Contrast The Contribution Made By Mazzini, Cavour and Garibaldi to Italian Unification
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ï»¿Contrast The Contribution Made By Mazzini, Cavour The unification of Italy was a complicated process that started from the 1790s and lasted until the conquest of Rome by the Italian troops in 1871. The Napoleonic Era, however, did not forecast such an outcome of things: at the beginning of the XIX century Italy consisted of separate states that were ruled first by the French, then by the Austrians who did not think about the unity. The 1820s and 1830s signalized the urging need of Italy to change â people missed the partial freedom that Napoleon gave them and wanted to participate in governing, which was impossible as long as Austria held so much influence within the peninsula. The revolutions of 1820-1 (Piedmont) and 1831-2 (Papal States) showed the citizens that a change is possible. The revolution of 1848 and 1849 gave more hope to the Italian patriots all over the country, for they saw that Milan was able to hold back Austria for some time and for Piedmont was beginning to gain the position of a leader within the States. The shrewd policies of the Piedmontese government and the significant conquests at the South of the Peninsula led to the creation of The Kingdom of Italy in 1861 and then connection of Rome and Venetia. ...read more.
After 1849 he supported Garibaldi in his attempts to conquer Rome but his role in the unification was coming to the end. The contribution made by Giuseppe Garibaldi was a military one. He engaged himself into the Unification in 1833 when he joined the Young Italy inspired by the idea of an united Italian state. As Mazzini, after the failure in Piedmont in 1834 he escaped to South America. What s important, the time spent by Garibaldi in America was not a wasted period: he learned how to fight at the land, because before, due to his marine origins, he was used to fight on a ship. Like Mazzini, he also gained an important political feature that was recognition in America. When he heard of the planned revolutions during the Spring of Nations, he came back to his motherland with a guerilla called the Red Shirts and helped Mazzini with defending Rome. The actions of Garibaldi were not successful, due to the fact that he was not fully educated in terms of militia and war and once again he fled to America to come back in 1854 and take part in an Austro-Piedmontese war. ...read more.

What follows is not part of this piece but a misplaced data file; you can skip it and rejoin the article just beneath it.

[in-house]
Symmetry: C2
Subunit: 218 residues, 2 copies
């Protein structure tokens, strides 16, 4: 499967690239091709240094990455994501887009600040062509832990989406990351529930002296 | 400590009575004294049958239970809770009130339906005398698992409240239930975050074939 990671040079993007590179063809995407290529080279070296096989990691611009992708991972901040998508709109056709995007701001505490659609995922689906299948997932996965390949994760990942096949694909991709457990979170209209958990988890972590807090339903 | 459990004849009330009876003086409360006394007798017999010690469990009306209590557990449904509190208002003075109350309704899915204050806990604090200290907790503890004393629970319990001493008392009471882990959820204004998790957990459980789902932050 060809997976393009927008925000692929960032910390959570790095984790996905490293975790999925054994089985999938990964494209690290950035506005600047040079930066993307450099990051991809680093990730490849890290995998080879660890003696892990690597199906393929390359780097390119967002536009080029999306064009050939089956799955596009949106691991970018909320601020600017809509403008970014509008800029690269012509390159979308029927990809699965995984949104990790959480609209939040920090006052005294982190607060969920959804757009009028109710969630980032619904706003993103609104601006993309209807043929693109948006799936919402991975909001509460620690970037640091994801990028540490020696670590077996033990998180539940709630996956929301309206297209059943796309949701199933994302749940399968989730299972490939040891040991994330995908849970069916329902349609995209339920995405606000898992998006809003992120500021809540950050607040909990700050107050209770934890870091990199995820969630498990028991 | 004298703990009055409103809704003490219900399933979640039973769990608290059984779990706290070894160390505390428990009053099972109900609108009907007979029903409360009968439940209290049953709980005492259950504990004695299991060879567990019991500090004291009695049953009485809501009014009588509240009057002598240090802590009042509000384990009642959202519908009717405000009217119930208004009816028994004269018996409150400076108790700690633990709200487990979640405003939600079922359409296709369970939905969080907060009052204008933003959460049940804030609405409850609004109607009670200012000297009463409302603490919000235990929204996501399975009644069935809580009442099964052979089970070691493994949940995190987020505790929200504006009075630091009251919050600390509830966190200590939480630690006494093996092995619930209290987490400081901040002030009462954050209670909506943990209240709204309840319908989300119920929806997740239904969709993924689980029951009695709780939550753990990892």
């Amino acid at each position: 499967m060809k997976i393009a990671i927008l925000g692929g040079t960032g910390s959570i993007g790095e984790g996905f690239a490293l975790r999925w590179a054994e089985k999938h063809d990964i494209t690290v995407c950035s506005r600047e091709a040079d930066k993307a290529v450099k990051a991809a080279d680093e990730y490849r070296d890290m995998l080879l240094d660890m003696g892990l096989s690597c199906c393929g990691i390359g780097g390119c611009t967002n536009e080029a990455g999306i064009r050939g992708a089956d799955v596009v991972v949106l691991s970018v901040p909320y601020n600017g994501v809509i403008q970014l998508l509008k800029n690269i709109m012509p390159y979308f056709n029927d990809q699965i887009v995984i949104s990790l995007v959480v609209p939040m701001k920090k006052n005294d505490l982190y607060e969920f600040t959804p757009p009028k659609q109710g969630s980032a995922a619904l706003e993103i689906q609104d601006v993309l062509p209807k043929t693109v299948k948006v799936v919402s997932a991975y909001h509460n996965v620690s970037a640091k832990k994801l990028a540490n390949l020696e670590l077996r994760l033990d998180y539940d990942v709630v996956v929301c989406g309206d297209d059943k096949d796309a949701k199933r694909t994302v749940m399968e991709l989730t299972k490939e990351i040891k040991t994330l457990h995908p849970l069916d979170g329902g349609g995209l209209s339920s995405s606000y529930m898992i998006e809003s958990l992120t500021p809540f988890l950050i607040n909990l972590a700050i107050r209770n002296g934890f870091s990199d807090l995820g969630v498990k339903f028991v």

He even had a conflict with Mazzini: they both disliked each other and did not try to understand the otherâs position. He stood in opposition to the figures of nationalists and their ideas. When it came to military actions, Cavour was not taking part with them, he only planned them and as a Prime Minister did accept some military decisions or did not â for example the decision of taking part in the Crimean War. As a long and complicated process, the Unification of Italy needed the devotion of many people, but it was also in need of leaders that would make the right decision at the right time and be aware of the consequences. Although the contribution made by Garibaldi, Mazzini and Cavour were not equal, together they built an important base for the future of a united Italy. They actions were often ambiguous, but each one of them was the most important person in one field: Mazzini ideologically, spreading the spirit of nationalism all over the country and making attempts to unite the state; Garibaldi militarily, defending Rome, conquering the South and showing the people that victory is not possible; Cavour politically, rationally planning every step of Piedmont and giving up his aims for the greater good. ...read more.
This student written piece of work is one of many that can be found in our AS and A Level Modern European History, 1789-1945 section.
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This is a knowledgeable response which devotes equal weighting to each of the three figures and uses comparison to explore their strengths. There is a strong amount of detail throughout, although sometimes the author's points are weakened by poor grammar; proof-reading is essential. 4 out of 5 stars.
Marked by teacher Natalya Luck 22/05/2013
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